Diamond's dismissal of COMIC FOUNDRY magazine (as mentioned last week) has generated a lot of Internet chatter. Questions of distribution monopoly aside, there is the matter of whether anyone wants a broad-interest print magazine about comics. I know a lot of people who'd like to produce one - I've discussed it with people myself - but I haven't heard from a lot of people who'd like to buy one. At this point I'd be curious what kind of market research the COMIC FOUNDRY did to determine how marketable the magazine would be, like most magazines determine target markets and growth potential before their launch. (About the worst thing anyone can do these days is "Field Of Dreams" market research, as a friend of mine puts it: the whole "build it and they will come" philosophy.) On the other hand, recent research suggests "young people" (I love that phrase; it brings to mind variety shows from the '60s where fogies like Ed Sullivan would introduce acts with "a group that's sure to please 'The Young People,'" and you could hear the quotes around the last phrase) aren't shy of print at all. They just find a lot of it irrelevant. What would it take to make a general interest magazine about comics relevant and appealing enough to draw in a broad enough audience to make it economically feasible? Any ideas?
VERONICA MARS comes to a close tonight, as I write this, which is sad but in its way gratifying. It had three strong seasons, and while the production company can rightly call the cancellation an economic defeat, from a viewer's perspective it's nice to know we'll never have to suffer through the inevitable creative disintegration that would eventually accompany the show's continuation. Maybe not this year, maybe not next, but it would come. I know some have been disappointed in this season, which, due to structural changes, didn't build like the first two seasons, but it's been just fine to me, with Kirstin Bell handling herself just fine, the only sour note being the on again off again Veronica-Logan romance. Next season, had it been renewed, would have already seen a format change, moving Veronica out of her native Neptune CA and her college years to an adult career as an FBI trainee at Quantico, but the clash of her native insolence with that stuffed shirt environment wasn't exactly an appealing prospect. But now it's so long, Veronica, and thanks for the memories. We'll always have the bus crash.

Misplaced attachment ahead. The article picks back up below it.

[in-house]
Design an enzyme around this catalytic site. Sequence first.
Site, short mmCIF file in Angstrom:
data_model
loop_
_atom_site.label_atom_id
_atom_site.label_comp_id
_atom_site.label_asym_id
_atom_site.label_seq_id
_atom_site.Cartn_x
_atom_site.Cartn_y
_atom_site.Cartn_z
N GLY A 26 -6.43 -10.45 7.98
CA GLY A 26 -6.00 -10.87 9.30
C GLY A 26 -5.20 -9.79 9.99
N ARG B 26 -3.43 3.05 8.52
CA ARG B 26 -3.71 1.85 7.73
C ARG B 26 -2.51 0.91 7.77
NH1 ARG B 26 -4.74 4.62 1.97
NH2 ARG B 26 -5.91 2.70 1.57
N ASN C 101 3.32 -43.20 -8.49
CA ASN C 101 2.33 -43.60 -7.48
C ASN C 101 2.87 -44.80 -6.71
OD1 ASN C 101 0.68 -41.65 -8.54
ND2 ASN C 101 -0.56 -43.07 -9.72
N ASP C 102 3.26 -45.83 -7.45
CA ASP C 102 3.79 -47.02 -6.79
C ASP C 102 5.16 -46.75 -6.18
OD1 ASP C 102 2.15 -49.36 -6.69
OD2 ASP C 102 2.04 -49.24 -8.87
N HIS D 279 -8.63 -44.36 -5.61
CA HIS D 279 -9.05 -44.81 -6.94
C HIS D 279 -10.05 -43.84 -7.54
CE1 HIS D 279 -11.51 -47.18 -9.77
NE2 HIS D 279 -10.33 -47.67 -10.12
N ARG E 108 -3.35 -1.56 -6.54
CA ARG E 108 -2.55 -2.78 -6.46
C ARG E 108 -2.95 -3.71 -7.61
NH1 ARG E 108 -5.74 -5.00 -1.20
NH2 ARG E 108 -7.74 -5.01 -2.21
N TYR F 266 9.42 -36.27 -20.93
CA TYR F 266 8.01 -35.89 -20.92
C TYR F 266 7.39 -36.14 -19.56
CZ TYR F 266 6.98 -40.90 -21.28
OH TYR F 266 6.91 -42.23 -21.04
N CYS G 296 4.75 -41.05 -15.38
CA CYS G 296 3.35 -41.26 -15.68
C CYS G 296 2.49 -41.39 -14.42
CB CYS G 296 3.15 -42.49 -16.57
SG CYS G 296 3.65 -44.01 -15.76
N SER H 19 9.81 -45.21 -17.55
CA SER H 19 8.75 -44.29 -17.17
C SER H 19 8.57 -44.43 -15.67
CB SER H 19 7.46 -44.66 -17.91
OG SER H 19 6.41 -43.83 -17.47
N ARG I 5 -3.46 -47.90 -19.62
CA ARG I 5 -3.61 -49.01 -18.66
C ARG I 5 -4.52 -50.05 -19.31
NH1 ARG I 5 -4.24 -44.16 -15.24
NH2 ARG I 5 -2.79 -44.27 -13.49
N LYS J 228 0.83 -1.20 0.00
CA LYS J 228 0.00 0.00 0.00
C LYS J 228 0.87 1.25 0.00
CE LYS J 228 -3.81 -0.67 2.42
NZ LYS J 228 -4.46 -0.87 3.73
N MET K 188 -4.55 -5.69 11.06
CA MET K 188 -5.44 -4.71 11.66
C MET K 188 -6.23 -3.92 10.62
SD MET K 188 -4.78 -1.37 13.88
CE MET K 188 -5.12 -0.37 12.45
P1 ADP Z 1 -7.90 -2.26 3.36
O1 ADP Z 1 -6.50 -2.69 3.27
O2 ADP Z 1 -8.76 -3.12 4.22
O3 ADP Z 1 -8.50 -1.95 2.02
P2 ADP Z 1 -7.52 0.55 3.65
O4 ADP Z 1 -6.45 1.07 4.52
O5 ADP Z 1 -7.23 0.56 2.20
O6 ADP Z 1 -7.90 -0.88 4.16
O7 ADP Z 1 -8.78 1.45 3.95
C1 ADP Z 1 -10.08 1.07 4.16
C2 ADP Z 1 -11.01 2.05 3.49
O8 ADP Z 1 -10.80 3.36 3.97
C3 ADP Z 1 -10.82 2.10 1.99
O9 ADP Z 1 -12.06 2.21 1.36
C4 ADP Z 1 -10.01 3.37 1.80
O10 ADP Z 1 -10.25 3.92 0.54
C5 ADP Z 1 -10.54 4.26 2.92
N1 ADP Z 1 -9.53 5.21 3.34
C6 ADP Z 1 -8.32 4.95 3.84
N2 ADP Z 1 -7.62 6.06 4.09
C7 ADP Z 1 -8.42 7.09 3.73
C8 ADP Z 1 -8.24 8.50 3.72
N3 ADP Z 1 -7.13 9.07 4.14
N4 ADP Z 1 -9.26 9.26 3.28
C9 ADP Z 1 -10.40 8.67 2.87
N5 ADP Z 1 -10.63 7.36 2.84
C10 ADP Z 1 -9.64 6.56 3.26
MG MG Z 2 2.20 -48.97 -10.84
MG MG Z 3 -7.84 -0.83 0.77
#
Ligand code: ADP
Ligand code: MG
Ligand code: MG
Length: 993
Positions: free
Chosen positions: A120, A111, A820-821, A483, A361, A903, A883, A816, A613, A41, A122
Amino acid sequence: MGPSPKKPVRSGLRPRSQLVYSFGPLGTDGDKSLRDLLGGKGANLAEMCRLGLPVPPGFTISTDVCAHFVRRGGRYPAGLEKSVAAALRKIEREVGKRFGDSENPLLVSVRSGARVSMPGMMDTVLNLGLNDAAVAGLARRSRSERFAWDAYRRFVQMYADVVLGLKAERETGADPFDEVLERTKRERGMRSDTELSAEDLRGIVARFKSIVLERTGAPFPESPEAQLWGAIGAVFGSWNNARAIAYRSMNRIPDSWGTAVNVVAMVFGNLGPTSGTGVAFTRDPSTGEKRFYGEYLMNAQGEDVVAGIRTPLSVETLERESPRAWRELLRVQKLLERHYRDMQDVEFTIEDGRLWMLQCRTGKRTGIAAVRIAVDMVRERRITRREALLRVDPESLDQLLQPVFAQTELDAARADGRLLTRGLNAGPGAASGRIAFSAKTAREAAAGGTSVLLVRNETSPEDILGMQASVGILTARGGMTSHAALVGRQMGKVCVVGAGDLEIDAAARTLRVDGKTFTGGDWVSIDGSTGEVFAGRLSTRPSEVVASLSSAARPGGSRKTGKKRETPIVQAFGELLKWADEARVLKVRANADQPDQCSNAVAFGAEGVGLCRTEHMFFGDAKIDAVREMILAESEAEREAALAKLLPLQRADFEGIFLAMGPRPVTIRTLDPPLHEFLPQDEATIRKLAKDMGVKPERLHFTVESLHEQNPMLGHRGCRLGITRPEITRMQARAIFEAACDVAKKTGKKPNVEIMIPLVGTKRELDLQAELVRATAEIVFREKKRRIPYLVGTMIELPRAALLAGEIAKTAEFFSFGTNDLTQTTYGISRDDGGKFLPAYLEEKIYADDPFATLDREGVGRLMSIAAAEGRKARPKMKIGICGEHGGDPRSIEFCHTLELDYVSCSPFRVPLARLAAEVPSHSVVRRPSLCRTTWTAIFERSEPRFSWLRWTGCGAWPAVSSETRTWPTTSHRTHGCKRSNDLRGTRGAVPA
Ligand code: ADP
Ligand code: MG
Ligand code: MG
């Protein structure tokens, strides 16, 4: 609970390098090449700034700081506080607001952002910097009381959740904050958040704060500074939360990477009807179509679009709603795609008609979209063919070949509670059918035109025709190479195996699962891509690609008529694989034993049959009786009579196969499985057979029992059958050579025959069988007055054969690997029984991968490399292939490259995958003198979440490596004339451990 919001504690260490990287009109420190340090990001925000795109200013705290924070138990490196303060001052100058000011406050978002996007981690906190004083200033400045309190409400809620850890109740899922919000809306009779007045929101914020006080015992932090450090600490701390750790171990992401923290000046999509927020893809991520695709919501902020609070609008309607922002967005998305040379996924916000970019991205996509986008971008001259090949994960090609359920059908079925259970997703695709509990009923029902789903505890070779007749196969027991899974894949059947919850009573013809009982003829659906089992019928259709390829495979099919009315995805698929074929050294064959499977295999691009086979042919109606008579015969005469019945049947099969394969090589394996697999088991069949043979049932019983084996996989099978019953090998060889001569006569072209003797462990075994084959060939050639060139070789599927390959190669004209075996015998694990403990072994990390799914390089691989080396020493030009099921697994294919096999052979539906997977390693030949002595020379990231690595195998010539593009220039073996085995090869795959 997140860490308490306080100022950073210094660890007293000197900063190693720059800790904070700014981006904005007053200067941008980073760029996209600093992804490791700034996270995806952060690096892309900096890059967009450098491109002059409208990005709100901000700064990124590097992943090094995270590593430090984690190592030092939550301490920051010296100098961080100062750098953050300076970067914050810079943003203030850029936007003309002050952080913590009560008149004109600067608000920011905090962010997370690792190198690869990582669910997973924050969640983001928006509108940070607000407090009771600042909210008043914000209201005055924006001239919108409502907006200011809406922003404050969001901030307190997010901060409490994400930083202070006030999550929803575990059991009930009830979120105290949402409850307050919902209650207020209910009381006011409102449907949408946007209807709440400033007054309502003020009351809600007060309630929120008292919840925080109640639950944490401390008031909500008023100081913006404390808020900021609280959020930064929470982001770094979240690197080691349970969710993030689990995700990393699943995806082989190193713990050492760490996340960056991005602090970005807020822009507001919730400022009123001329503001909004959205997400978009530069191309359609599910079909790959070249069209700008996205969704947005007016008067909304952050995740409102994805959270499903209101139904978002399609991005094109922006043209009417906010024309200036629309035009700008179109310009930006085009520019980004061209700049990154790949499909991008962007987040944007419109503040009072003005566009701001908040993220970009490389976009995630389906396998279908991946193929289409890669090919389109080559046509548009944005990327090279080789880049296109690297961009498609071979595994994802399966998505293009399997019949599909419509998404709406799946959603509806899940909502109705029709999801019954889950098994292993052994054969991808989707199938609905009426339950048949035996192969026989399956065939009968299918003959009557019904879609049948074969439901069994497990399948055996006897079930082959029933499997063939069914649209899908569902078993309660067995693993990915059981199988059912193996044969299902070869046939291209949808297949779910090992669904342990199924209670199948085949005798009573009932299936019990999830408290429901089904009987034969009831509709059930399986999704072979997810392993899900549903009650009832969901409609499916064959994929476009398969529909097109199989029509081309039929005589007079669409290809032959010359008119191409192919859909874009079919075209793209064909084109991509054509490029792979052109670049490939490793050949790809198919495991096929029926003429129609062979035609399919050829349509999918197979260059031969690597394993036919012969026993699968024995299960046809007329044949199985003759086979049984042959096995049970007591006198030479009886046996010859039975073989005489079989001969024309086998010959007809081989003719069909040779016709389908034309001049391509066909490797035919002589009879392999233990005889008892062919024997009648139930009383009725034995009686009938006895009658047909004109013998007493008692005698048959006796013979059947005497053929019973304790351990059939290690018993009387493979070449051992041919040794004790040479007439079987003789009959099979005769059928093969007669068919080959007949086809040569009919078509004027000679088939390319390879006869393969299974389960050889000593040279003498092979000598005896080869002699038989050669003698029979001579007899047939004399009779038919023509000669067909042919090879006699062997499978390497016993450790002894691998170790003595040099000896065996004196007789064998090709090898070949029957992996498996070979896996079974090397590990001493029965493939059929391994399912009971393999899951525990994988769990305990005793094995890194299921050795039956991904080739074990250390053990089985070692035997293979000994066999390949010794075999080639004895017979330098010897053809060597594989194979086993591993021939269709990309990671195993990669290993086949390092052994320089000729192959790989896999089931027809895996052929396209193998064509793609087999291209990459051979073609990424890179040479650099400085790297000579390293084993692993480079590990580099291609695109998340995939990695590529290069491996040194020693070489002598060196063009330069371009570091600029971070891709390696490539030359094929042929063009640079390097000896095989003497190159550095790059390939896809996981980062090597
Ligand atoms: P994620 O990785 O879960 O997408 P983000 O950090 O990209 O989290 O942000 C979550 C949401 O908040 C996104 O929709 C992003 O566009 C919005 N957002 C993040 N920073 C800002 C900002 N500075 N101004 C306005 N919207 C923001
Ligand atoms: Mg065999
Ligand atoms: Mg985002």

The networks announce their fall lineups, and it's now okay to declare the 2007-2008 network TV season the year of déjà vu all over again. Among the boldly original concepts to be trotted out: "dramatic" retreads of SEX AND THE CITY, one (CASHMERE MAFIA) with four career women, and one (BIG SHOTS) with four career men, one (CARPOOLERS) with four men in a car (all ABC); a DYNASTY retread with THE O.C. inflections (DIRTY SEXY MONEY, also ABC); WELCOME BACK, KOTTER, this time featuring a female guidance counselor (MISS/GUIDED, from ABC, and I bet they came up with the title first); a bunch of '80s computer geek jokes on CBS' THREE'S COMPANY retread BIG BANG THEORY; the return of FALCON CREST involving a Florida sugar plantation in CBS' CANE; CBS' MOONLIGHT, about a vampire turned private detective of the night, which I'm sure has absolutely nothing in common with '80s syndie show FOREVER KNIGHT, about a vampire turned private detective of the night (which debuted on an original, short-lived latenight CBS original programming sched) which absolutely never, ever had any connection at all to Marvel's Hannibal King, because that was a private detective turned vampire, see? At the CW: a remake of PERFECT STRANGERS called ALIENS IN AMERICA, except this one has an actual Muslim character to generate that wacky sitcom humor. Fox, meanwhile, has Kelsey Grammar in an amazing original show about a broadcaster who returns to his hometown and has to deal with family still remaining there, but BACK TO YOU doesn't look a thing like FRAZIER; it's more like ED meets THE MARY TYLER MOORE SHOW, thus ripping off three concepts at once. Also at Fox is NEW ANGEL - sorry, NEW AMSTERDAM - with an immortal warrior fighting forces of darkness in New York City, and a FRIENDS retread, THE RULES OF STARTING OVER, with the hot, fresh twist that the stars are all survivors of failed relationships (but who isn't?). Finally, there's NBC, which at least has the guts to do a flat-out remake of THE BIONIC WOMAN. (Get ready for lectures on why it's really a feminist show.) Also from NBC: the return of QUANTUM LEAP - or is it EARLY EDITION? - as JOURNEYMAN, about a time-jumping journalist who tries to change people's fates, and another SEX AND THE CITY retread, LIPSTICK JUNGLE, this one from S&tC's creator. Even the one show I'm genuinely looking forward to - Fox's KITCHEN NIGHTMARES, a "reality" show starring cranky English master chef Gordon Ramsey roaming America to help hapless restaurants turn their fortunes around - is an Americanization of Ramsey's English version, already aired on BBC America.